- Big & Small Numbers directly connects to: Pythagorean Explorations, Data Graphs & Tables, Interpret Scatter plots, Data Explorations, Cylindrical Investigations, Transformational Geometry, Shape Number & Expressions
- Shape Number & Expressions directly connects to: Big & Small Numbers, Pythagorean Explorations, Data Graphs & Tables, Interpret Scatter plots, Cylindrical Investigations
- Transformational Geometry directly connects to: Big & Small Numbers, Pythagorean Explorations, Cylindrical Investigations
- Cylindrical Investigations directly connects to: Big & Small Numbers, Pythagorean Explorations, Shape Number & Expressions, Transformational Geometry
- Interpret Scatter plots directly connects to: Data Explorations, Slopes & Intercepts, Linear Equations, Multiple Representations of Functions, Data Graphs & Tables, Pythagorean Explorations, Big & Small Numbers, Shape Number & Expressions
Figure 8.4a. Grade 8 Content Connections, Big Ideas, and Standards
|Content Connection||Big Idea||Grade 8 Standards|
|Communicating Stories with Data & Exploring Changing Quantities||Interpret Scatter plots||SP.1, SP.2, SP.3, EE.2, EE.5, F.1, F.2, F.3: Construct and interpret data visualizations, including scatter plots for bivariate measurement data using two-way tables. Describe patterns noting whether the data appear in clusters, are linear or nonlinear, whether there are outliers, and if the association is negative or positive. Interpret the trend(s) in change of the data points over time.|
|Communicating Stories with Data||Data, Graphs & Tables||SP.3, SP.4, EE.2, EE.5, F.3, F.4, F.5: Construct graphs of relationships between two variables (bivariate data), displaying frequencies and relative frequencies in a two-way table. Use graphs with categorical data to help students describe events in their lives, looking at patterns in the graphs.|
|Communicating Stories with Data||Data Explorations||SP.1, SP.2, SP.3, SP.4, EE.4, EE.5, F.1, F.2, F.3, F.4, F.5: Conduct data explorations, such as the consideration of seafloor spreading, involving large data sets and numbers expressed in scientific notation, including integer exponents for large and small numbers using technology. Identify a large dataset and discuss the information it contains Identify what rows and columns represent in a spreadsheet|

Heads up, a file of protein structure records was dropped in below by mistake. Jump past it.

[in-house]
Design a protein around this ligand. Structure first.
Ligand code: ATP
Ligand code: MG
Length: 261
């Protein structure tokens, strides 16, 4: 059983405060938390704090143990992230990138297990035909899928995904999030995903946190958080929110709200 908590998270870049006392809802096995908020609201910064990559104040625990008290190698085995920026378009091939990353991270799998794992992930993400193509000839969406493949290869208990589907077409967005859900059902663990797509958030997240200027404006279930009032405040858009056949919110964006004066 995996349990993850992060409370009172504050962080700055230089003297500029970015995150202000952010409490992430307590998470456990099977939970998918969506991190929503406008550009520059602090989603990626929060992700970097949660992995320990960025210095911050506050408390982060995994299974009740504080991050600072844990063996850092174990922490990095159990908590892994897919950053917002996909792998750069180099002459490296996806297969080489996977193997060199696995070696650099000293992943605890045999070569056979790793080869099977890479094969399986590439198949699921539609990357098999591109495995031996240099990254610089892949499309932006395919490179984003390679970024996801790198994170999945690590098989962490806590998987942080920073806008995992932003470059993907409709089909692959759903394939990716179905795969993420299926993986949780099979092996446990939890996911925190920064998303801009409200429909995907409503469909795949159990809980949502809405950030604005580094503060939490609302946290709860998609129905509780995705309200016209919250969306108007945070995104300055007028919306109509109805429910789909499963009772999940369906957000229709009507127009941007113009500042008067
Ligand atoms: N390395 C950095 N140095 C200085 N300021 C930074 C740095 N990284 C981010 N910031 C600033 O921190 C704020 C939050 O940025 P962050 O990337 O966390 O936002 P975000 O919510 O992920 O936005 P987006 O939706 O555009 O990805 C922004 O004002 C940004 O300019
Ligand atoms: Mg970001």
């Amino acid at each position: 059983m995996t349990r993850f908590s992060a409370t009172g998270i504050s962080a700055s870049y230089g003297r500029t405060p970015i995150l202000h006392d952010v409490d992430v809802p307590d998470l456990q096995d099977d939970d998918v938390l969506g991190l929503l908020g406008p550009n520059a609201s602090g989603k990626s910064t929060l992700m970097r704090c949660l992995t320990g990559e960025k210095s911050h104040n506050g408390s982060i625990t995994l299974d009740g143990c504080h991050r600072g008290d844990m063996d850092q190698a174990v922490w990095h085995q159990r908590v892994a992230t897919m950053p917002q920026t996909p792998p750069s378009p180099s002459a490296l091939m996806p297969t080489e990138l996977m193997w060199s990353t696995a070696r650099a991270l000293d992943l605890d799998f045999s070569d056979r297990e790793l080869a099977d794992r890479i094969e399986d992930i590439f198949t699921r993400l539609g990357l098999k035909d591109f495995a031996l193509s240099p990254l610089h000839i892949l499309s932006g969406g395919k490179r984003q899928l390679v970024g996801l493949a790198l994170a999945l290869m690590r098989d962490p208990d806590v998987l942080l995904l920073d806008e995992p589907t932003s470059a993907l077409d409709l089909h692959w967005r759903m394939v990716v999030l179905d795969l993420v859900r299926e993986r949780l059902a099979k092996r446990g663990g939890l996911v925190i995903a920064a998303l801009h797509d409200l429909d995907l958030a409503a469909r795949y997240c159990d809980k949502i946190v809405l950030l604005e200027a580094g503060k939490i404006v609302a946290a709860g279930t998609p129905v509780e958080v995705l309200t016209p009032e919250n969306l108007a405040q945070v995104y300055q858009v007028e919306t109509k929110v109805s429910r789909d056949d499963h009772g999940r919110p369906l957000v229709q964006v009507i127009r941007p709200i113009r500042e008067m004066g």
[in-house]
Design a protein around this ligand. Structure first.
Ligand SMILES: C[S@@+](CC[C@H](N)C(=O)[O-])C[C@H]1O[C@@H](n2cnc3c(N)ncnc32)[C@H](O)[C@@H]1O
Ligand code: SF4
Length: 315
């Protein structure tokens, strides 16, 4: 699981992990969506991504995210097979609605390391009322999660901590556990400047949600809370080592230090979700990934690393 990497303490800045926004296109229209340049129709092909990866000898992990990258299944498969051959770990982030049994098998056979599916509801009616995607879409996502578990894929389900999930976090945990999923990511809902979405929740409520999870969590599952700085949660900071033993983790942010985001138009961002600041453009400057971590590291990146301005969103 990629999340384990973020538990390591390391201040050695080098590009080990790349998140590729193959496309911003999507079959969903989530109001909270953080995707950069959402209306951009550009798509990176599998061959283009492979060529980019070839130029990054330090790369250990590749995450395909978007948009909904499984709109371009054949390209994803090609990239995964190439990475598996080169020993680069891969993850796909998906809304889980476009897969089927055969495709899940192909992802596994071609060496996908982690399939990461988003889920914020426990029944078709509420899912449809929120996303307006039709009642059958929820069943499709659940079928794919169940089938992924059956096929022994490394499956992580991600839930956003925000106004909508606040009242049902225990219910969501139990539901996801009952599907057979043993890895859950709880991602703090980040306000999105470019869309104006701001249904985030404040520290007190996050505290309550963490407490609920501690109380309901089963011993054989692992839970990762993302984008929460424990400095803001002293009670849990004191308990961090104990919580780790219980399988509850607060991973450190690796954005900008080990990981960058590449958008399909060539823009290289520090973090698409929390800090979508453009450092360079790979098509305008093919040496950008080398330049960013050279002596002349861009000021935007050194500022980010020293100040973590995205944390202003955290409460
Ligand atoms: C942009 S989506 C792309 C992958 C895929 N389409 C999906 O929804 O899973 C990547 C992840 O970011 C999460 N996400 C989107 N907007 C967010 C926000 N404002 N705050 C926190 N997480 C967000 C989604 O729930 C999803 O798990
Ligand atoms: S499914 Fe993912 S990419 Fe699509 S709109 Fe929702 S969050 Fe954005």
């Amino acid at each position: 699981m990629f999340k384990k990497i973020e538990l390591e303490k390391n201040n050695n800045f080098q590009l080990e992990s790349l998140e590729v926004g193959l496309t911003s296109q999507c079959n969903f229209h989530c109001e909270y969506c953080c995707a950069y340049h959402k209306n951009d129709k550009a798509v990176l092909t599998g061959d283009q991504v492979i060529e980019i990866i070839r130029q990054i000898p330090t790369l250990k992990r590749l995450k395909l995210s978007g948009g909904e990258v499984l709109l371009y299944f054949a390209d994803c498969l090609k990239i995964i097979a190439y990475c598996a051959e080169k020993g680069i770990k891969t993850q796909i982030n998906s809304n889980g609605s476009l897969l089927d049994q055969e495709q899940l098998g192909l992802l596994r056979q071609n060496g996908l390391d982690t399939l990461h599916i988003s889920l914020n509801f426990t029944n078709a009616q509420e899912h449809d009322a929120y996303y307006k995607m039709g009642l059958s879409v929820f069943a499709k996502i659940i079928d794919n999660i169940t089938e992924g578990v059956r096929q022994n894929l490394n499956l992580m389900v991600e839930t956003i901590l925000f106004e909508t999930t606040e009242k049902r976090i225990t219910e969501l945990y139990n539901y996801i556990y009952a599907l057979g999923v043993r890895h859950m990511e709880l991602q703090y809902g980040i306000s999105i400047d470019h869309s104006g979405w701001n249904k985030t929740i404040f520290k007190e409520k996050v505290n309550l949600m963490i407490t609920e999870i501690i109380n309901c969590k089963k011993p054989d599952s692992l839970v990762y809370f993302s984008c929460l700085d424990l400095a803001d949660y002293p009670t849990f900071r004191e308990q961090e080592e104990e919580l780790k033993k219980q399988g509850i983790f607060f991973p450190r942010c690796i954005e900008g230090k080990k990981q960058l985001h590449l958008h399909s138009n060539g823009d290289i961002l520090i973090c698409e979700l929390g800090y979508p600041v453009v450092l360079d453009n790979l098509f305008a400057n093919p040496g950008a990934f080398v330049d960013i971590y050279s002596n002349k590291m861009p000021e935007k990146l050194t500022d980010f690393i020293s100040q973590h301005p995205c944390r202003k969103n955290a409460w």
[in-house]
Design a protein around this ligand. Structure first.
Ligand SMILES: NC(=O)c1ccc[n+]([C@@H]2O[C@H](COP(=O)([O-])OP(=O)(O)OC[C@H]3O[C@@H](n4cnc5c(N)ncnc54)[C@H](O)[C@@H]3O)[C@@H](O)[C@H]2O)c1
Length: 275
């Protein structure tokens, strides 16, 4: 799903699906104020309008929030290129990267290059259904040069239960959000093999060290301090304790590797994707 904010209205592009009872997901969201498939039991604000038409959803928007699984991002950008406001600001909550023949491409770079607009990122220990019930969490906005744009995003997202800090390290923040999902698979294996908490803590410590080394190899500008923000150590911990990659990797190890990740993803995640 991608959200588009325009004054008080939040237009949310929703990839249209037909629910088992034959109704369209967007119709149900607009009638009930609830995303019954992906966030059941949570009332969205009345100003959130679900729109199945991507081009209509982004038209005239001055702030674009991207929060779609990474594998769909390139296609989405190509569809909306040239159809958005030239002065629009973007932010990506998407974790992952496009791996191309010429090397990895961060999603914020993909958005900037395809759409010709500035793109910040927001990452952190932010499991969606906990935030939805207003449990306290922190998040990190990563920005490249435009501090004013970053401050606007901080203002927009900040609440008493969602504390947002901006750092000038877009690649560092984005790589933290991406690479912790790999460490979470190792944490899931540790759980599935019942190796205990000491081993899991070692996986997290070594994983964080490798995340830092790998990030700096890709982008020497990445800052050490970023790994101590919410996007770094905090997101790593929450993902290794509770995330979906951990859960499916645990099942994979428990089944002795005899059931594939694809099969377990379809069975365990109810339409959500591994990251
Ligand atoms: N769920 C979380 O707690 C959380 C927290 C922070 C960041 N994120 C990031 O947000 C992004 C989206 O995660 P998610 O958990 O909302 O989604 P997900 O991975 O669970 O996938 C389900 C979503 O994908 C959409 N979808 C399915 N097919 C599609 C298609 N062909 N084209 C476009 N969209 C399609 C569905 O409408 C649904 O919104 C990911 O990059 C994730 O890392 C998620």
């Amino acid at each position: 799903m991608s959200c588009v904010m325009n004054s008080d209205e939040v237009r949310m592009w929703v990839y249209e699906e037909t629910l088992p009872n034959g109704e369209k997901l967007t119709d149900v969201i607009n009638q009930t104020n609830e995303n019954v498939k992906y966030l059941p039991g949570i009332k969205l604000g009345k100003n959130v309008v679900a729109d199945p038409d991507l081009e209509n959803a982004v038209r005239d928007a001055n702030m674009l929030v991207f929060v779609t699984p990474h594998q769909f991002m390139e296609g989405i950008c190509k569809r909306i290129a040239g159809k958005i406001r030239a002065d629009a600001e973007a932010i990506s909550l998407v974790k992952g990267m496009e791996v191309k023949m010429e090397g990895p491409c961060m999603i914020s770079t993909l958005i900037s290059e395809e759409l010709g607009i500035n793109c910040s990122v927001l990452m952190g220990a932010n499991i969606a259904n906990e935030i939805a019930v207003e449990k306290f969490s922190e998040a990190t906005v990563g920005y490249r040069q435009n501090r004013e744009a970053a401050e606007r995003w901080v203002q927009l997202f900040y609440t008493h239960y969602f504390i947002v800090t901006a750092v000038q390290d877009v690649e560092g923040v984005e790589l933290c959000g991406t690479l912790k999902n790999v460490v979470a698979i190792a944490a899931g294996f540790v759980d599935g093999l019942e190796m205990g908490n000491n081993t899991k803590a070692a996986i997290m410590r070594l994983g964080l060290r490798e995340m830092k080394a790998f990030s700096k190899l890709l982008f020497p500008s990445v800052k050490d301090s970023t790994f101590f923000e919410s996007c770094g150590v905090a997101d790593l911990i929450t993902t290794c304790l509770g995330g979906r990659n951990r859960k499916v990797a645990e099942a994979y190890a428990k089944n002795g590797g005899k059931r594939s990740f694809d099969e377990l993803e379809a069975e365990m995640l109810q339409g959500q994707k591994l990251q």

|Exploring Changing Quantities||Linear Equations||EE.5, EE.7, EE.8, F.2, F.4, F.5: Analyze slope and intercepts and solve linear equations including pairs of simultaneous linear equations through graphing and tables and using technology.|
|Exploring Changing Quantities||Multiple Representations of Functions||EE.5, EE.6, EE.7: Move between different representations of linear functions (i.e., equation, graph, table, and context), sketch and analyze graphs, use similar triangles to visualize slope and rate of change with equations containing rational number coefficients.|
|Exploring Changing Quantities||Slopes & Intercepts||EE.5, SP.1, SP.2, SP.3: Construct graphs using bivariate data, comparing the meaning of parallel and non-parallel slopes with the same or different y-intercepts using technology.|
|Taking Wholes Apart, Putting Parts Together & Discovering Shape and Space||Cylindrical Investigations||G.9, G.6, G.7, G.8, NS.1, NS.2: Solve real world problems with cylinders, cones, and spheres. Connect volume and surface area solutions to the structure of the figures themselves (e.g., why and how is the area of a circle formula used to find the volume of a cylinder?). Show visual proofs of these relationships, through modeling, building, and using computer software.|
|Taking Wholes Apart, Putting Parts Together & Discovering Shape and Space||Pythagorean Explorations||G.7, G.8, NS.1, NS.2, EE.1, EE.2: Conduct investigations in the coordinate plane with right triangles to show that the areas of the squares of each leg combine to create the square of the hypotenuse and name this as the Pythagorean Theorem. Using technology, use the Pythagorean Theorem to solve real world problems that include irrational numbers.|
|Taking Wholes Apart, Putting Parts Together||Big & Small Numbers||EE.1, EE.2, EE.3, EE.4, NS.1, NS.2: Use scientific notation to investigate problems that include measurements of very large and very small numbers. Develop number sense with integer exponents (e.g., 1/27 =1/33 = 3-3).|
|Discovering Shape and Space||Shape, Number & Expressions||G.9, G.6, G.7, G.8, EE.1, EE.2, NS.1, NS.2: Compare shapes containing circular measures to prisms. Note that cubes and squares represent unit measures for volume and surface area. See and use the connections between integer exponents and area and volume.|
|Discovering Shape and Space||Transformational Geometry||G.1, G.2, G.3, G.4, G.5, G.6, G.7, G.8: Plot two dimensional figures on a coordinate plane, using geometry software, noting similarity when dilations are performed and the corresponding angle measures maintain congruence. Perform translations, rotations, and reflections and notice when shapes maintain congruence.|